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Experiment no 18

SILICON, GERMANIUM DIODE CHARACTERISTICS

AIM:-
To study forward & reverse characteristics of Si & Ge semiconductor diode.

REQUIREMENT:-
TVS Make training module type: DCH-01 with patch chords & instruction manual.

THEORY:-
A p-type semiconductor in contact with an n- type semiconductor constitutes a p-n
junction .Before the two semiconductors are brought together; each one is in
equilibrium, that is the hole and electron concentrations are constant and uniform
throughout each semiconductor. Fig 1.1(a) depicts this situation.
Just after contact majority holes from the p-type diffuse into the n-type and majority
electrons from the n-type diffuse into the p-type material. The holes and the electrons
recombine when they meet. However this flow of majority carriers eventually stops
because of formation of a thin layer in which holes and electrons recombine ,leaving a
row of negative ions on the p-side and row of positive ions on the n-side as shown in
fig 1.1 (b). The layer in which electron –hole recombination occurs is called the
depletion layer. The formation of charges on either side of the depletion layer
constitutes a potential barrier (contact potential). This potential barrier is 0.2V foe
germanium and 0.6 V for silicon.
It is the formation of the potential barrier that makes the p-n junction a useful device,
since its effect can be controlled by an externally applied voltage. The barrier voltage
can be neutralized by applying a d.c voltage of appropriate polarity as shown in fig
1.2(a). This is called forward biasing.
An external d.c voltage of same polarity as the barrier potential fig 1.2(b) keeps the
junction in reverse bias condition. The junction conducts heavily in the forward bias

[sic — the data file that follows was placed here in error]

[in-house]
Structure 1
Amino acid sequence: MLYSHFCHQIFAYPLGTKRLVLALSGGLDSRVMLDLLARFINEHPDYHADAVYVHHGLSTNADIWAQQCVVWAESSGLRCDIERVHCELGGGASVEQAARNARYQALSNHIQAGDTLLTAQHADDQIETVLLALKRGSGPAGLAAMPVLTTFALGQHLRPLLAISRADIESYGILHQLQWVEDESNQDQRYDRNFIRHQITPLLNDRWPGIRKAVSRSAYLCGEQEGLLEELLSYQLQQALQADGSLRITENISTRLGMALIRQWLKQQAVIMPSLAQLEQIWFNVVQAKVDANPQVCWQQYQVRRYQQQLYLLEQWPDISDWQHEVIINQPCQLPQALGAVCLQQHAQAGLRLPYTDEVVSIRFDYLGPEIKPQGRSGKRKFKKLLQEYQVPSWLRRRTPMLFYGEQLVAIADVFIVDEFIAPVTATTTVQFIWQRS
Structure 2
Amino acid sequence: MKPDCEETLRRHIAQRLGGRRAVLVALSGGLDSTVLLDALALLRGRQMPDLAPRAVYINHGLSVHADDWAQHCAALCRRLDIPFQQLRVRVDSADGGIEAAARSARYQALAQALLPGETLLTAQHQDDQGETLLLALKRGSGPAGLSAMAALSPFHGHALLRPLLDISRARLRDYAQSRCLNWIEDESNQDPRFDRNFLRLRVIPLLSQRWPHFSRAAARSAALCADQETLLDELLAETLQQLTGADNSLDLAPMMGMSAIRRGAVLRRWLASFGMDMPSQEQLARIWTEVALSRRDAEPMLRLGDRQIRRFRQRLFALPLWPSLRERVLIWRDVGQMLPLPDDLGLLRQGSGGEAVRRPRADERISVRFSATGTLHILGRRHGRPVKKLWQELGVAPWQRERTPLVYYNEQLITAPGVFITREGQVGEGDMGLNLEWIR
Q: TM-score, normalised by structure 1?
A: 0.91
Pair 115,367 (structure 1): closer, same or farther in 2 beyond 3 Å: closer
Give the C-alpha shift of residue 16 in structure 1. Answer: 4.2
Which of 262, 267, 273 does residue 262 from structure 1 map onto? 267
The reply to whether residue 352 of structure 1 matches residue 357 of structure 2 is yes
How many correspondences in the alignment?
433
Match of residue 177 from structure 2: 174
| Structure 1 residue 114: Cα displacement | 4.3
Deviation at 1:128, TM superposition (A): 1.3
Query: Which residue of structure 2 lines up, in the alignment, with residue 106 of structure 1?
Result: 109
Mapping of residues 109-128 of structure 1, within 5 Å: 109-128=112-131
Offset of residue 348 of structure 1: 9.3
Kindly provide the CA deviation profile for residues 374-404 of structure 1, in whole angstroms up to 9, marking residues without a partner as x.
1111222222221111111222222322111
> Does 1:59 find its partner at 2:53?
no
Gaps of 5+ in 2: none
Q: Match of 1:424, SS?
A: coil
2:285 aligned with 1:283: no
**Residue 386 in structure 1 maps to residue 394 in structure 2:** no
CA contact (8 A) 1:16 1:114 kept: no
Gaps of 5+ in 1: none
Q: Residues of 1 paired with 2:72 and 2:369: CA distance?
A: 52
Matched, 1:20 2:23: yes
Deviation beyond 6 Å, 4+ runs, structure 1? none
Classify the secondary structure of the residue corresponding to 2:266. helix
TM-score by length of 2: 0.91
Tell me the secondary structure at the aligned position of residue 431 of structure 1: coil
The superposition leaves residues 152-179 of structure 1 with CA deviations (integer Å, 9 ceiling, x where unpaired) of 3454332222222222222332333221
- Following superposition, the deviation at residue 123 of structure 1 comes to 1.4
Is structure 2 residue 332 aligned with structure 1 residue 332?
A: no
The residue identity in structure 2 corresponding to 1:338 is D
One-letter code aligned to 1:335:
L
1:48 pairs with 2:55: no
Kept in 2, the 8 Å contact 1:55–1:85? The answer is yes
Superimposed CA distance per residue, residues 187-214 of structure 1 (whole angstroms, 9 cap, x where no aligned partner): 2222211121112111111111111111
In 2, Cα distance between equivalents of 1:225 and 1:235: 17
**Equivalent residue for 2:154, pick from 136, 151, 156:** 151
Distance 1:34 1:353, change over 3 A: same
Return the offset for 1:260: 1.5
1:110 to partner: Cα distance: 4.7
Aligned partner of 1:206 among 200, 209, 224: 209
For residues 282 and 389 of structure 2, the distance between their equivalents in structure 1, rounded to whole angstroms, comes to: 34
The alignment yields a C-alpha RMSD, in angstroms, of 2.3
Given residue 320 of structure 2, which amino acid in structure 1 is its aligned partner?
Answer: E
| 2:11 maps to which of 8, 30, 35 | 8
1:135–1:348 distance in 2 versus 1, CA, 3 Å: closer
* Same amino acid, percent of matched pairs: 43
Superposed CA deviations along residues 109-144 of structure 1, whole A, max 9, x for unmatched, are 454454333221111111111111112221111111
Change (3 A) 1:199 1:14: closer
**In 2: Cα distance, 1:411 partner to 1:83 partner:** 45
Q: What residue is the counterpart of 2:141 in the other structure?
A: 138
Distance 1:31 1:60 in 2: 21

condition while it offers high resistance to charge flow under reverse bias condition.
The current –voltage (V-I) characteristics of a junction diode is as shown in fig 1.3.
The relation between the diode current I and voltage V is given by:
I= Is(Exp (V/hVT) -1)
Where Is is reverse saturation current. VT is volt equivalent of temperature and is
given by VT =T 11.600 h is unity for germanium and approximately two for silicon. T
is the absolute temperature in the forward biased condition. The number of these
charge carriers injected at the junction increases with the voltage and thus the
current increases (exponentially) with the voltage.
When the diode is reverse biased and voltage V is greater than few volts. I= Is. The
reverse current tends to the magnitude of the reverse saturation current. Under
reverse bias conditions, minority charge carriers take part in the process of
conduction. It takes only a few tenths of a volt to clear all the minority carriers. Any
further increase in the bias voltage does not lead increase in the current as all the
carriers have already been set in motion.
Fig 1.4 is the circuit symbol for a semiconductor diode. The terminal marked
“Anode” is connected to p-type material while that marked “Cathode” is connected to
n-type material. Reference to fig 1.2(a) shows that to support current flow in this
diode the positive terminal of a battery must be connected to the anode and the
negative terminal to cathode in a forward –bias arrangement.

PROCEDURE:-
(i) Forward characteristics of Si diode:
1) Make the connections as shown in fig 1.8.
2) Connect the voltmeter of range 20V and ammeter of range 20 mA in the circuit.
3) Vary the in built D.C supply voltage in steps of 0.1V and note down corresponding
voltmeter and ammeter readings.
4) Plot the graph of forward voltage Vf (on X-axis) V/s forward current If (on Y-axis).
5) Find the slope of the graph and calculate forward resistance Rf.
.

(ii) Forward characteristics of Ge diode:-


1) Repeat steps 1 to 5 above except that now Si diode is replaced by Ge diode.

(iii) Reverse characteristics of Si diode:-


1) Make the connections as shown in fig 1.7.
2) Select the voltmeter range of 20V and ammeter range of 200 µA.
3) Vary the inbuilt D.C supply voltage in steps of 1 volt and note down corresponding
voltmeter and ammeter readings.
4) Plot the graph or reverse voltage Vr (on X-axis) V/S reverse current Ir
(on Y – axis).
5) Find the slope of the graph and calculate reverse resistance Rr.

(iv) Reverse characteristics of Ge diode:-


1) Repeat steps 1 to 5 above except that now Si diode is replaced by Ge diode.

CONCLUSION:-
1) During forward bias, the diode offers negligibly small forward resistance (Rf).
2) During reverse bias the diode offers very high reverse resistance (Rf).
3)during reverse bias in a zener diode breakdown occurs at Vz where large amount of
current can flow through the diode though the terminal voltage remains nearly
constant.